The scientific monitoring period of the Scottish Beaver Trial came to an end in May 2014. In June 2015, Scottish Natural Heritage published the Beavers in Scotland Report.

On 24 November 2016, the Scottish Government made the landmark announcement that beavers are to remain in Scotland. For more information, please read the joint press release issued by RZSS and the Scottish Wildlife Trust.

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FAQ: How long was the Scottish Beaver Trial?

The Trial commenced in May 2009 when the beavers first arrived in Knapdale and lasted for five years. After its conclusion in 2014, there is now currently a period for reporting where the impact of the beavers' activities on the environment and economy is being assessed.

The licence for this time-limited trial reintroduction was granted by the Scottish Government in May 2008. The beaver families were all caught in the Telemark region of Norway and transported to quarantine facilities in Devon and Scotland. They all completed a statutory quarantine period before being released in the Trial site.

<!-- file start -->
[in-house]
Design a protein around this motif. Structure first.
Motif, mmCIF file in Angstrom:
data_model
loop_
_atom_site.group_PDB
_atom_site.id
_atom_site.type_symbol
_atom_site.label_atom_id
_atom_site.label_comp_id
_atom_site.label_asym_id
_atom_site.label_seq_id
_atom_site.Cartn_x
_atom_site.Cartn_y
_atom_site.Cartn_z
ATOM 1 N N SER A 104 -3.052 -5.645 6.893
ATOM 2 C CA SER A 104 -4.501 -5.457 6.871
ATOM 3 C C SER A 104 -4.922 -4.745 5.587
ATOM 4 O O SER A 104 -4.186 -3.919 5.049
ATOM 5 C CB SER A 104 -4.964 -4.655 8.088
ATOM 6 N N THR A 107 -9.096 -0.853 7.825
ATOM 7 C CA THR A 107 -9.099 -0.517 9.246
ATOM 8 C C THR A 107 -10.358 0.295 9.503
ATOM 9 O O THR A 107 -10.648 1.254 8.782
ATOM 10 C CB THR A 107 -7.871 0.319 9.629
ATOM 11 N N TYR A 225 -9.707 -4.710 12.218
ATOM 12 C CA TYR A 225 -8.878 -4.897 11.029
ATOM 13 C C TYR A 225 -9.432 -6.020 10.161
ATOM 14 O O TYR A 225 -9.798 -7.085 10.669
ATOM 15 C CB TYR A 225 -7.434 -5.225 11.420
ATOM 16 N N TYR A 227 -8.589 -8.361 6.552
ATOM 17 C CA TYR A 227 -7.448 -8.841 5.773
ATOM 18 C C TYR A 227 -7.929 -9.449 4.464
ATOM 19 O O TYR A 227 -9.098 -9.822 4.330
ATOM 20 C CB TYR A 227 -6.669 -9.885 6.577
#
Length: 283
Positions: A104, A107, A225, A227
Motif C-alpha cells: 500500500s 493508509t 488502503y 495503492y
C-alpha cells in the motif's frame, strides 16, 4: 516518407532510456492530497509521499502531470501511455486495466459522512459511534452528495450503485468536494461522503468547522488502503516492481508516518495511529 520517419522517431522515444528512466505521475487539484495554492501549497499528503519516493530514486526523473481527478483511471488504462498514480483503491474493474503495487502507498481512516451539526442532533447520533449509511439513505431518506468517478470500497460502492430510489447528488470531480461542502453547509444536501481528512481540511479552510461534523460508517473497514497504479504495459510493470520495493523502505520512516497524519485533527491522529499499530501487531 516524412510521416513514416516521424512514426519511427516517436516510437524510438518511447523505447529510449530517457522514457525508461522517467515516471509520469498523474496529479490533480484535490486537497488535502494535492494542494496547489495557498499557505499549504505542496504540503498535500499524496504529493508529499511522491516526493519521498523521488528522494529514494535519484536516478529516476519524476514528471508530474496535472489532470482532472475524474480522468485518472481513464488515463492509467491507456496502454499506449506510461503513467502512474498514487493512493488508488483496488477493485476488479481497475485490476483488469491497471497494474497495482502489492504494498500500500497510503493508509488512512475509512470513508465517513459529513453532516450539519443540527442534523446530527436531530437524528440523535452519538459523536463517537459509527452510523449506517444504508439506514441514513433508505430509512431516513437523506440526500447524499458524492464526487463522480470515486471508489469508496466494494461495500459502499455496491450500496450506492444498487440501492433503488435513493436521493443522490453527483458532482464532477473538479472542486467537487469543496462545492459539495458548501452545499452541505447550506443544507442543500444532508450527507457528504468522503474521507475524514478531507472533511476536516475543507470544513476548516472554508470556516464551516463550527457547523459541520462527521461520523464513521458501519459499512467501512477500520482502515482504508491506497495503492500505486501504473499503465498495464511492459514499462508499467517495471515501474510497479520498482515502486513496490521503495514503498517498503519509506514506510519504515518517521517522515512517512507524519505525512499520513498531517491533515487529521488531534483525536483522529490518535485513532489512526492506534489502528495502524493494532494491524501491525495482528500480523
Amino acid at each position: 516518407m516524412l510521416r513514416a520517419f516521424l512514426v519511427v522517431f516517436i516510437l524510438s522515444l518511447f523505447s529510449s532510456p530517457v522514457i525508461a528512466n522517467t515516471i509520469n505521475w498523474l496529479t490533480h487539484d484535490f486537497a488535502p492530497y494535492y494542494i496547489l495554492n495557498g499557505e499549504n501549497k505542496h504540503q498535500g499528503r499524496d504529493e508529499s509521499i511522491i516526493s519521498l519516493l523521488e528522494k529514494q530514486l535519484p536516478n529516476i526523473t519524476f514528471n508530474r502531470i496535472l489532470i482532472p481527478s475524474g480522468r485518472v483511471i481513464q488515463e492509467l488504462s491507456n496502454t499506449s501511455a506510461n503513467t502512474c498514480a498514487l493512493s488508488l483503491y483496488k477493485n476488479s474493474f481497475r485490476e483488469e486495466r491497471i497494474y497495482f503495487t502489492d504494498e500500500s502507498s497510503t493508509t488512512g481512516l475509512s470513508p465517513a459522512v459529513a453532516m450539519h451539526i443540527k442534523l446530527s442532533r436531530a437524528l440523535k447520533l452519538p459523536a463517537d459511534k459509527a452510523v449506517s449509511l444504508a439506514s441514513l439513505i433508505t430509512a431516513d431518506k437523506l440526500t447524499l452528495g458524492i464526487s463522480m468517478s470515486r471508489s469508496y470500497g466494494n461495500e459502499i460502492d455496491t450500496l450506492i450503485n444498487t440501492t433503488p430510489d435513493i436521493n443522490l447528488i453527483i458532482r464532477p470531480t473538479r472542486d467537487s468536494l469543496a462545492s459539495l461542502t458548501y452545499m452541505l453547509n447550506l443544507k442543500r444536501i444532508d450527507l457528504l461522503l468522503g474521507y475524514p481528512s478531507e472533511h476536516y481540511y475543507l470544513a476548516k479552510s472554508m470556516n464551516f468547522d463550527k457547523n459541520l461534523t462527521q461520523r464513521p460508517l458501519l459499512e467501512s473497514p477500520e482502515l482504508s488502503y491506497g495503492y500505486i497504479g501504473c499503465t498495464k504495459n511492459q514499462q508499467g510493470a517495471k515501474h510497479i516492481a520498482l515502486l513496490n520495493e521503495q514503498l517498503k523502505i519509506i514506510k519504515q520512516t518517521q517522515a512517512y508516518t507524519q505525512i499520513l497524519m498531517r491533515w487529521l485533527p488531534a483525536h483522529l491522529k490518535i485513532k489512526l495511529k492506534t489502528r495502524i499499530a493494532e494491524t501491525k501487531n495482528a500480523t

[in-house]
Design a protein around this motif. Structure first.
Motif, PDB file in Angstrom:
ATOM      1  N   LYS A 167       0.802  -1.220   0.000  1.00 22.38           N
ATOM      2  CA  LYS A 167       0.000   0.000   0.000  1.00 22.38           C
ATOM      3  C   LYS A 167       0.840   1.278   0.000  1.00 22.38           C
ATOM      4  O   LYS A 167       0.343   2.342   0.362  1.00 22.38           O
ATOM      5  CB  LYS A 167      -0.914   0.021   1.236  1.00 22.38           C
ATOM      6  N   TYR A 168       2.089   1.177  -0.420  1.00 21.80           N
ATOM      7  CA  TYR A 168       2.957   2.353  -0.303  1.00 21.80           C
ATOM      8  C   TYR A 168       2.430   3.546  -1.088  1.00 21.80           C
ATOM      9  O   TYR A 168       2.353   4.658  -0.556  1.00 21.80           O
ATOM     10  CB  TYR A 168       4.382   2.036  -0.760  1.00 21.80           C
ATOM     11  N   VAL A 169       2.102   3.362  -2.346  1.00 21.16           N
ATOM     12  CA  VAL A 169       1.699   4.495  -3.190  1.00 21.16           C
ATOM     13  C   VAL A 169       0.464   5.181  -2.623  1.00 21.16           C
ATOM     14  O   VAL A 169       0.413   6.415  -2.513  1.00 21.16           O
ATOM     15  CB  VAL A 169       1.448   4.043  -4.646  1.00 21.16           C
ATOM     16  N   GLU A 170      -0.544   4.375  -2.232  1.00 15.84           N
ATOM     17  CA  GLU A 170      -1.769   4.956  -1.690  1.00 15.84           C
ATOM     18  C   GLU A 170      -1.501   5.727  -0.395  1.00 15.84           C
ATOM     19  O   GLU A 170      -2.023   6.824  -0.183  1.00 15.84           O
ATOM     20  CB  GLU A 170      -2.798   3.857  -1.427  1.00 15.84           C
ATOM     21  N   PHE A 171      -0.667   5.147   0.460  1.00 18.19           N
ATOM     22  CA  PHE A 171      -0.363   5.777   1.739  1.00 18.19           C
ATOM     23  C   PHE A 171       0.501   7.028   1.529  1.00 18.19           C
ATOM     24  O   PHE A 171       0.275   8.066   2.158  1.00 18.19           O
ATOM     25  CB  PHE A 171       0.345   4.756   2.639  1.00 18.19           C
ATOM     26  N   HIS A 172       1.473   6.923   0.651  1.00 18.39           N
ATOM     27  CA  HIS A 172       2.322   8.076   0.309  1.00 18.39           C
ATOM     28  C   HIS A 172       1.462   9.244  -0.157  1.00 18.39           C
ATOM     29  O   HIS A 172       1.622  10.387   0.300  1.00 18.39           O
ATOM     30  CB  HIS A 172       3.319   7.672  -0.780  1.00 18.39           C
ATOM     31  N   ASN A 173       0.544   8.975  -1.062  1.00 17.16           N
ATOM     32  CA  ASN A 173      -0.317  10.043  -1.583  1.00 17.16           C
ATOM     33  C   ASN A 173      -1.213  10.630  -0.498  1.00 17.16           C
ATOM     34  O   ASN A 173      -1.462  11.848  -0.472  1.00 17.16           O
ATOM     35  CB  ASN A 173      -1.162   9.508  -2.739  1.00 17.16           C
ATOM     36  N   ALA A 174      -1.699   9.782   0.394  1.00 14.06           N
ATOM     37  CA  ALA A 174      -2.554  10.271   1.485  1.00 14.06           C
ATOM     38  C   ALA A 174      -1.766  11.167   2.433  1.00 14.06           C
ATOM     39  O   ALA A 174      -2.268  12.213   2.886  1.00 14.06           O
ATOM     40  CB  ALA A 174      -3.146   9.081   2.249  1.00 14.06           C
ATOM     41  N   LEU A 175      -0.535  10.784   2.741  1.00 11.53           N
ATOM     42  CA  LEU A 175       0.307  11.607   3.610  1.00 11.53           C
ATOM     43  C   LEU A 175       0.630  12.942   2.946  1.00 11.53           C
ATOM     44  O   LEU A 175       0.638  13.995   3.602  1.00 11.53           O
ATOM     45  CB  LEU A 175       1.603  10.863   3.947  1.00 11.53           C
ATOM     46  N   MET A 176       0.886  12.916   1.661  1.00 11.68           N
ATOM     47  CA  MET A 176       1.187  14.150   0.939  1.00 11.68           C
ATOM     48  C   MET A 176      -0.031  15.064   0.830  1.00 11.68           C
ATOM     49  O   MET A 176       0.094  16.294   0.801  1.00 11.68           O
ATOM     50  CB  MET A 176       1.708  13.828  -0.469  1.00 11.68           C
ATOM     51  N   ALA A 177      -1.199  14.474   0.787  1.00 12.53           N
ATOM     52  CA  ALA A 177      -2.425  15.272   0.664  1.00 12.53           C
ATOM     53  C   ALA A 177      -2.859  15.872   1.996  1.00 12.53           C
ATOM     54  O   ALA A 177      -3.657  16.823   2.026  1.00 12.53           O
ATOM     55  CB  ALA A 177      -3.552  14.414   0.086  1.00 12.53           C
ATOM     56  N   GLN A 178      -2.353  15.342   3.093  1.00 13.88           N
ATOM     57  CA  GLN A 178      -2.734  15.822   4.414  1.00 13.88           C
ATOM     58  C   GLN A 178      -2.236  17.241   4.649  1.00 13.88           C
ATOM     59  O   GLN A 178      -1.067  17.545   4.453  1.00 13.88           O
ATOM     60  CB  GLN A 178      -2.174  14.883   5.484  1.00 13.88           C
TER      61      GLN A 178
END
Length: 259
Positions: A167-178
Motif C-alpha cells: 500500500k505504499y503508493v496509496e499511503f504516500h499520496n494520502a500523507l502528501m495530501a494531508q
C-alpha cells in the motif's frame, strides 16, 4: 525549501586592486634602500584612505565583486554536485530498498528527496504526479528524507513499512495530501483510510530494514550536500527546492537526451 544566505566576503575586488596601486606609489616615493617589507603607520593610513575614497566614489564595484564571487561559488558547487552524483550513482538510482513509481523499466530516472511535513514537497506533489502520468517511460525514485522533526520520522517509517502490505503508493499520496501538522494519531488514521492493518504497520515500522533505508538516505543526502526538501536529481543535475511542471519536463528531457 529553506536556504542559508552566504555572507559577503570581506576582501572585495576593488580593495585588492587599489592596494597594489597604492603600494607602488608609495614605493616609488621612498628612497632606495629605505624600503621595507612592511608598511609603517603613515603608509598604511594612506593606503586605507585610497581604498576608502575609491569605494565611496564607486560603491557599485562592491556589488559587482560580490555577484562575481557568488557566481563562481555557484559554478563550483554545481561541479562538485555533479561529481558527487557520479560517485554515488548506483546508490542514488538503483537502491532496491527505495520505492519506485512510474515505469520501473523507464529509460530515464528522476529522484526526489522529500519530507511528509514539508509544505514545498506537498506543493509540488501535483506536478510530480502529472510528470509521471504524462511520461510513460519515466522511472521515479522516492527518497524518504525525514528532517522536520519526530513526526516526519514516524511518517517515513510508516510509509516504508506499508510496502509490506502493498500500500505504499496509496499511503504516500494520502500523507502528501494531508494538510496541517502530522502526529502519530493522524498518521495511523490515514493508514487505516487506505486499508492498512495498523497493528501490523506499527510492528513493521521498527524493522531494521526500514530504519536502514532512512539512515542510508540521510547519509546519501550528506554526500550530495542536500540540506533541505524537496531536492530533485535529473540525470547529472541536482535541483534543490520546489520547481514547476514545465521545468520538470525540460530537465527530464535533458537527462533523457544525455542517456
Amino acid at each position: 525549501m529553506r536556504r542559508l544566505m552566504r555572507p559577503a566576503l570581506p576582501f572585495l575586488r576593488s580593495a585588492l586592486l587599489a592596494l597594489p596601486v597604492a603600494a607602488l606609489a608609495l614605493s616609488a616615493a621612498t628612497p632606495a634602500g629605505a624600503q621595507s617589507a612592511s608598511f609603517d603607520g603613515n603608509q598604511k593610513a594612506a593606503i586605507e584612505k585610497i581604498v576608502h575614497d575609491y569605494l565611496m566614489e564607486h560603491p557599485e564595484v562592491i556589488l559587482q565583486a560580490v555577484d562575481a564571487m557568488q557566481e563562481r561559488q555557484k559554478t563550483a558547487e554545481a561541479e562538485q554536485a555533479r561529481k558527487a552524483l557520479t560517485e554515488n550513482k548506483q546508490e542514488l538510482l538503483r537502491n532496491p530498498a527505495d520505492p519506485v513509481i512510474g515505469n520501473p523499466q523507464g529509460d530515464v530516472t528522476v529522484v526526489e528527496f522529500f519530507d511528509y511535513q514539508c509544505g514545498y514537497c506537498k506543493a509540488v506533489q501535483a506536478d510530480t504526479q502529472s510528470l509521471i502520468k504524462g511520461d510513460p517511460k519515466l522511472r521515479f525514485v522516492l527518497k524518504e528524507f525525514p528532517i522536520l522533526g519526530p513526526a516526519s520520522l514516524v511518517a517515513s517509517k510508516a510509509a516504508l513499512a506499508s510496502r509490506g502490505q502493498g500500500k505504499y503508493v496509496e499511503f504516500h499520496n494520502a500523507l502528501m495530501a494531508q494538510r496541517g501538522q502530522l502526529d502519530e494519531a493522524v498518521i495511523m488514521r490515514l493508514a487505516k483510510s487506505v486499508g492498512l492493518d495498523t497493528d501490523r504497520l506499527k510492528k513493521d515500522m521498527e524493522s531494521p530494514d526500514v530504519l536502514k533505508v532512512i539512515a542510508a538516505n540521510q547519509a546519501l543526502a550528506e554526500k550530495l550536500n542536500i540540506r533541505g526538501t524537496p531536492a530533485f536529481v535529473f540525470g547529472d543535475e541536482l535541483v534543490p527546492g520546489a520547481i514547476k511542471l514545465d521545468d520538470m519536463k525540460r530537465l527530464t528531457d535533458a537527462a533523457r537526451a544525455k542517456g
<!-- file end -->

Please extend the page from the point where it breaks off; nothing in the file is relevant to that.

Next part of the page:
The beaver families were closely monitored by a project team on the ground for the duration of the Trial period. Scottish Natural Heritage was tasked by the Scottish Government to co-ordinate the scientific assessment of the Trial and lead a group of external independent monitoring partners in the delivery of this programme. They reported to the Scottish Government on whether the conditions of the licence were being met. It is for the Scottish Government to now decide on the future of beavers in Knapdale Forest after the Trial ended in 2014.



Project partners

The Royal Zoological Society of ScotlandScottish Wildlife Trust
Forestry Commission Scotland

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"This is an exciting development for wildlife enthusiasts all over Scotland and beyond ... their reappearance will draw tourists from around the British Isles - and even further afield." - MSP Jim Mather

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